Although the Court of Appeal originally affirmed the trial court’s ruling granting summary judgment in favor of Shell, in Beckering II the Court applied Kesner and reversed and remanded the case. See Beckering II, at 10.

 

In a footnote, Beckering II cited Kesner and cautioned: “It must be remembered that a finding of duty is not a finding of liability. To obtain a judgment, a plaintiff must [still] prove that the defendant breached its duty of ordinary care and that the breach proximately caused the plaintiff’s injury, and the defendant may assert defenses and submit contrary evidence on each of these elements.” Beckering II, at n.2 (quoting Kesner, 1 Cal.5th at 1157).

 

Despite the self-proclaimed limits both Kesner and Beckering II have attempted to define as integral components to their holdings, it appears that dispositive motions premised upon the legal issue of an employer’s or premises owner’s absence of duty in California are, and will be for the foreseeable future, futile.  Although unpublished, Beckering II will undoubtedly guide the lower courts on the application of Kesner going forward.

 

 

[1] The Court of Appeals’ opinion is not clear as to whether Decedent was actually employed by Shell; however, Plaintiff’s opening appellate brief indicates that Shell did employ Decedent during the putative time frame. Wanda L. Beckering, Plaintiff and Appellant, v. Shell Oil Company, Defendant and Respondent (Aug. 6, 2014) WL 4254334 (Cal.App. 2 Dist.), at *3.

 

The Maryland Court of Appeals unanimously ruled that Georgia-Pacific Corp. was not liable for illness involving a woman who was exposed to asbestos while doing her father’s laundry in the 1960s.

The Insurance Journal reported on the recent decision:

  • The Court of Appeals ruled that Georgia-Pacific Corp. was not obligated to warn relatives of the dangers of asbestos in the 1960s.
  • The hazard was not sufficiently known until federal regulations were issued in 1972 by the U.S. Occupational Safety and Health Administration.
  • The court’s ruling overturns a $5 million verdict.
  • Jocelyn Farrar had been exposed while doing laundry in the late 1960s and fell ill decades later.

In the decision, available on the website of the Maryland high court (pdf download), the Court explained that it rejected liability because:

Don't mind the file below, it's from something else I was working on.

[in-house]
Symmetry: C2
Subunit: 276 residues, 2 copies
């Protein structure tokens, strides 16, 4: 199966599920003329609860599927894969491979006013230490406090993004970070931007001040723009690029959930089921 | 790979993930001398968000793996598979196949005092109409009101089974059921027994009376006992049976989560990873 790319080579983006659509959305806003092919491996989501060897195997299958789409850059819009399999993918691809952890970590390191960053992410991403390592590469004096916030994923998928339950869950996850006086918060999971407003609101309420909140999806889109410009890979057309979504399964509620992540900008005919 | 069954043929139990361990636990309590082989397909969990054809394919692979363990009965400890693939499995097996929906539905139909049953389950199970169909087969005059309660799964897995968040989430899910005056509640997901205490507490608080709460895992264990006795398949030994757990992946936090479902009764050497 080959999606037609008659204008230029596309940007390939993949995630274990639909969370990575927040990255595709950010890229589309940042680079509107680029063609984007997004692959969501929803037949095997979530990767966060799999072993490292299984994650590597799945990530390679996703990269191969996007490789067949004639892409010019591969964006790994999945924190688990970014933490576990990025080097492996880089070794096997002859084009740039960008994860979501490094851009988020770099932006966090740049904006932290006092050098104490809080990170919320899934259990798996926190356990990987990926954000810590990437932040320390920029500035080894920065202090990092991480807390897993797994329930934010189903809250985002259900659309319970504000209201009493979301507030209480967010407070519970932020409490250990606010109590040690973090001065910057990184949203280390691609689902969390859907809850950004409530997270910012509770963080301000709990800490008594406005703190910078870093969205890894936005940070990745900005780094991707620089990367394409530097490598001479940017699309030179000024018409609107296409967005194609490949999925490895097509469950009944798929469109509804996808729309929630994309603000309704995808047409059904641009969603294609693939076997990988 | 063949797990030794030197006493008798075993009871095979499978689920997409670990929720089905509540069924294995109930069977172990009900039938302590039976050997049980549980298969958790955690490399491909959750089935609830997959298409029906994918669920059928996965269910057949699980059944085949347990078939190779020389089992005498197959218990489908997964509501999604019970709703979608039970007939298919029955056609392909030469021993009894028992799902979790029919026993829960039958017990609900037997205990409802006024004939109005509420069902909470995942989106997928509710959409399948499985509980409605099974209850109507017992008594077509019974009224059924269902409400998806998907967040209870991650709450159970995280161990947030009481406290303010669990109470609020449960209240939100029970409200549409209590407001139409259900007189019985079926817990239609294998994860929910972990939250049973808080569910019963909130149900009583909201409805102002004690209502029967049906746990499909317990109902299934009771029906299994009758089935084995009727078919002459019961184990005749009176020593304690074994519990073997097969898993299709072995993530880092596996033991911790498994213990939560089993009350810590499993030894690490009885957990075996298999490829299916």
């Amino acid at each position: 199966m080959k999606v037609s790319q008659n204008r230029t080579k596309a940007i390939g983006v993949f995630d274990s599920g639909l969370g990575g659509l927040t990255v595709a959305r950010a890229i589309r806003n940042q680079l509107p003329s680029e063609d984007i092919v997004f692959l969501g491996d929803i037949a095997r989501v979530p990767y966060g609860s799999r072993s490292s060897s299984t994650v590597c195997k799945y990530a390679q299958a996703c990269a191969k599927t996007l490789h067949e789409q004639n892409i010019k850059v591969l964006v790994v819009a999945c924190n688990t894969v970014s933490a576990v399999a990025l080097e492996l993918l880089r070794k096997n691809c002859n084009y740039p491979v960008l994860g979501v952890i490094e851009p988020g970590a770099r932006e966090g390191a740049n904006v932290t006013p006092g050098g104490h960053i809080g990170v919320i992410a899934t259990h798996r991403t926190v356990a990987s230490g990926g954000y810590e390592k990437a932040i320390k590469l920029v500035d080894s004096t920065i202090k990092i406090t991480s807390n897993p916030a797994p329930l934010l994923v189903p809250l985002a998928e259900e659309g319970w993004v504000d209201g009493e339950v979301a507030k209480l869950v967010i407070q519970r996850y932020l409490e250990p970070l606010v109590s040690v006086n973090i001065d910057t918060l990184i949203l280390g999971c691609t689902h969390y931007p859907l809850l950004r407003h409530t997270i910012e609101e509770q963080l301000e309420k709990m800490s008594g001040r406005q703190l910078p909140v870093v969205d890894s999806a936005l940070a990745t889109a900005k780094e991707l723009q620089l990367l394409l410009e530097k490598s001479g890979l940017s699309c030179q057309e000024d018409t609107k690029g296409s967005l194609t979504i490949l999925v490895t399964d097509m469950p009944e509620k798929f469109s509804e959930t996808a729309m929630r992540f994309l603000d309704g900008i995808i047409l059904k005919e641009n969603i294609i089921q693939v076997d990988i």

• There was no duty to warn persons such as Ms. Farrar, who was a “bystander of a bystander,” a person who never used the product and never directly came into contact with it.
  • The duty extends to those whom the supplier should expect to use the product or to third persons whom the supplier should expect to be endangered by its use.
  • Even if the danger was foreseeable, prior to 1972 OSHA regulations, it would have been difficult for the company to have provided a warning that could have avoided the danger.

The Maryland decision continues the recent trend in rejecting a duty in cases involving secondary exposure.  In 2012, California followed Ohio and joined the growing list of states which reject the defendant’s duty to an employee’s family member in “take home asbestos” cases. In an article featured in the DRI‘s Newsletter and published on May 9, 2014, co-authors Carter E. Strang and Karen E. Ross also noted the jurisdictions which have rejected secondary exposure claims.  Since their publication, California and Maryland have joined approximately nine other states in rejecting a duty in secondary exposure cases.  Another California court recently came to the same conclusion as the earlier California case in an unreported decision.

However, as Strang and Ross noted in their January 16, 2014 DRI article (pdf download), it is unclear how these cases will play out at the trial level, as a verdict of over $27 million was recently entered in California in a case involving take-home asbestos exposure.

As the National Association of Manufacturers noted, the Maryland Court of Appeals found:

“that there was skimpy knowledge at the time of the danger to household members from asbestos dust brought into the home, and that the company was unable to give warnings directly to such plaintiffs and the warnings would not have had any practical effect. “

Conclusion

Courts nationwide are increasingly rejecting the claims by plaintiffs and their attorneys that seek to impose duties far removed from the allegedly wrongful act.  Defense attorneys can and should seek to impose reasonable limits on the issue of duty to those instances in which harm is reasonably foreseeable to the alleged tortfeasor.  Raising appropriate defenses in cases involving “take home” claims “household” exposure, or secondary exposure is essential to the defense of toxic tort claims.